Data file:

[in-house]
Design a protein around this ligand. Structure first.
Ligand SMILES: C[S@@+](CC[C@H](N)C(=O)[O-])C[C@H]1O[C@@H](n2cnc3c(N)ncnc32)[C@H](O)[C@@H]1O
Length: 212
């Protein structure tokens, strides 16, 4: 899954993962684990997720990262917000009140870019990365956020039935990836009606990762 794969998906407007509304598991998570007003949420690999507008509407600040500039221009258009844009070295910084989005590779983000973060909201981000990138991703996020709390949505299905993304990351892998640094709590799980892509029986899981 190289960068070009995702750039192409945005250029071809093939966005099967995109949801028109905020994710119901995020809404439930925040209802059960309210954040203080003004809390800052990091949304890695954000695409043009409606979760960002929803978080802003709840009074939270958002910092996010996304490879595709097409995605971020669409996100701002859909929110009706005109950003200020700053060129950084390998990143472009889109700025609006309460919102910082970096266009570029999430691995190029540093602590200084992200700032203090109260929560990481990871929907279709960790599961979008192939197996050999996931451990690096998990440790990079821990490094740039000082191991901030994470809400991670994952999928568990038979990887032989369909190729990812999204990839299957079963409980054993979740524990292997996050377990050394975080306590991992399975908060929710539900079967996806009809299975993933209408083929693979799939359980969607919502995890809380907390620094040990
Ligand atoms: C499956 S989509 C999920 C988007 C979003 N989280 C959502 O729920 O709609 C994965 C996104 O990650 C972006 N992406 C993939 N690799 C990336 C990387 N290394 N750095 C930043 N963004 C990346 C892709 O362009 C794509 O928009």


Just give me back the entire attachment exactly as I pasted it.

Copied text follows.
[in-house]
Design a protein around this ligand. Structure first.
Ligand SMILES: C[S@@+](CC[C@H](N)C(=O)[O-])C[C@H]1O[C@@H](n2cnc3c(N)ncnc32)[C@H](O)[C@@H]1O
Length: 212
């Protein structure tokens, strides 16, 4: 899954993962684990997720990262917000009140870019990365956020039935990836009606990762 794969998906407007509304598991998570007003949420690999507008509407600040500039221009258009844009070295910084989005590779983000973060909201981000990138991703996020709390949505299905993304990351892998640094709590799980892509029986899981 190289960068070009995702750039192409945005250029071809093939966005099967995109949801028109905020994710119901995020809404439930925040209802059960309210954040203080003004809390800052990091949304890695954000695409043009409606979760960002929803978080802003709840009074939270958002910092996010996304490879595709097409995605971020669409996100701002859909929110009706005109950003200020700053060129950084390998990143472009889109700025609006309460919102910082970096266009570029999430691995190029540093602590200084992200700032203090109260929560990481990871929907279709960790599961979008192939197996050999996931451990690096998990440790990079821990490094740039000082191991901030994470809400991670994952999928568990038979990887032989369909190729990812999204990839299957079963409980054993979740524990292997996050377990050394975080306590991992399975908060929710539900079967996806009809299975993933209408083929693979799939359980969607919502995890809380907390620094040990
Ligand atoms: C499956 S989509 C999920 C988007 C979003 N989280 C959502 O729920 O709609 C994965 C996104 O990650 C972006 N992406 C993939 N690799 C990336 C990387 N290394 N750095 C930043 N963004 C990346 C892709 O362009 C794509 O928009």